Adjusting to the humid air 


Still to this day, I bike as I did then

Sweat inside my helmet although I don’t take it off

My legs burned out, knowing that it’ll pay off


Still to this day

I am myself

Monday, September 19, 2022

It's Monday - Grow Your Reading Lists!


            Visit Kellee and Ricki at UnleashingReaders and Jen at Teach Mentor Texts to see what they and others have been reading! Your TBR lists will grow! 

          Happy autumn this week!

             A companion book to Pet, both of which were so lovingly reviewed by Max that I had to read them. I shared Pet last week. This time, the time during which Bitter and Aloe meet and fall in love, Bitter's background is harsh foster families where she ends up hiding anywhere she finds whenever she can because of cruelty. Now, as a teen, she has found Eucalyptus, a private school/enclave where, while it took a while with a loving teacher, the enigmatic Miss Virtue, and friends like Alex and Blessing, she finally feels safe. Behind those walls, students feel protected from the hurtful and harmful behavior found in the town outside, Lucille.
       In her past, she has learned that some creatures she draws come to life, kind of frightening but they soon fade and disappear. At least they have in the past. Although she does not approve of those who are protesting for change, some of those are her friends. She is too scared to go outside the walls. When a friend in the outside groups is injured, Bitter explodes into her art, and spends hours in anger, drawing and pasting things onto the work, including blood, until what is known as an "angel" appears. It is "Vengeance", made possible by Bitter, ready to hunt and kill all monsters. Bitter is now wrapped up in the group she had earlier rejected, frantically realizing that what she has just released is something that needs to be stopped. All the characters are intriguing and complex. I wanted to know about each one because they all appeared to have a demeanor that was important to creating a safe town in which everyone is welcome but without violence. They are young and fighting so hard! The intertwining of straight and queer relationships felt comfortable, a part of the world in which we all live, and in which, sadly, many fight to live. It's an inspiring story to imagine how hard young people are working to help the world, today as well.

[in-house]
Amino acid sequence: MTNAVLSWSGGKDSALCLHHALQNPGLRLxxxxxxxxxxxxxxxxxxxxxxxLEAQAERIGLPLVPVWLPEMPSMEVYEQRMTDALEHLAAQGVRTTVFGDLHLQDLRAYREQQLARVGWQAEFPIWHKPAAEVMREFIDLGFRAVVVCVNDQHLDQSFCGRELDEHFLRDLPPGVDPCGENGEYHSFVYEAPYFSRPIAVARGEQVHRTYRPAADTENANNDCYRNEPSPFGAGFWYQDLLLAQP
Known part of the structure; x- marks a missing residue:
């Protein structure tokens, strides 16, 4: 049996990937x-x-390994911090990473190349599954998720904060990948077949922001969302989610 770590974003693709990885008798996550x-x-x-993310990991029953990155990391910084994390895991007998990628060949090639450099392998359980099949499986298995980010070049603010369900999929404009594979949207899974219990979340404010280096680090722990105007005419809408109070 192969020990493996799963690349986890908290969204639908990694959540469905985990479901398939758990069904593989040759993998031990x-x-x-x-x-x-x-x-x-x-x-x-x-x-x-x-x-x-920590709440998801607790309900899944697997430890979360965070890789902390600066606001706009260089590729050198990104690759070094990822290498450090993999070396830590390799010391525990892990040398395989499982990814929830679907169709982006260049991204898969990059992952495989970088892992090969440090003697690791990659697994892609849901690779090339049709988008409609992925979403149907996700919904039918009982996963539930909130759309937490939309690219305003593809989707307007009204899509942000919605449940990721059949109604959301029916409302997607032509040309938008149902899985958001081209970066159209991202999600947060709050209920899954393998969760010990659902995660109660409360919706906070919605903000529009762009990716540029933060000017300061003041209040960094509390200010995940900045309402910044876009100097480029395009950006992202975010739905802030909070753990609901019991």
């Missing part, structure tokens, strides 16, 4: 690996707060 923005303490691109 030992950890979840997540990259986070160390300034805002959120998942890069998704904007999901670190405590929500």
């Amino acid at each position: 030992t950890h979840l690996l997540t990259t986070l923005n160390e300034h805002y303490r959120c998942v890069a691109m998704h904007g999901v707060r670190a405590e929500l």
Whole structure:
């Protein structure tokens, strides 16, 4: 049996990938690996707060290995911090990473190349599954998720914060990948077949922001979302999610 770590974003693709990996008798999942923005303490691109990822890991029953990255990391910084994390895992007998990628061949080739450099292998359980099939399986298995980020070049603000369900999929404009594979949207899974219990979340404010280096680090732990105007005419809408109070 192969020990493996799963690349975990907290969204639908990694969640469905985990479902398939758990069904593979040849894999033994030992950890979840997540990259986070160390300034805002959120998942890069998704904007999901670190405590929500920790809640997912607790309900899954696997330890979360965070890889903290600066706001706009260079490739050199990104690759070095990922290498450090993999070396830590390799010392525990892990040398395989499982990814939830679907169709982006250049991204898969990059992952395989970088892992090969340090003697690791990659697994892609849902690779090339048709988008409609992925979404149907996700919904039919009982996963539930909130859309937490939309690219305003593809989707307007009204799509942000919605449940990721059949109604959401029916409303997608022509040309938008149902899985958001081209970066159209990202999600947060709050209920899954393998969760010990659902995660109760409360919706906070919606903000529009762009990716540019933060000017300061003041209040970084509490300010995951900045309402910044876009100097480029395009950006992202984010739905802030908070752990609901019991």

These next two stories show beautifully that the feeling that those you have loved who have left will always stay with you. They are both poignant and will be special read-alouds for a child or a class that can help talk about grief.

           The best thing I can write is that it made me cry. Emilia's grandpa, moving a bit slow, leaves a walnut on her bedstand, and then he tells his story of another walnut he brought as a boy when his family immigrated. I won't tell it all, but the tree from that nut is in their yard beside a smaller one that Emilia's mother planted. Perhaps you will guess the rest of the story but it's a book you won't want to miss with Felicita Sala's full-page and softly-hued illustrations. (Side note: My own grandfather planted a maple tree for me when I was young. It is far away in Missouri in the little town where I grew up. It is very tall now and I visit it once in a while when I visit my brother.)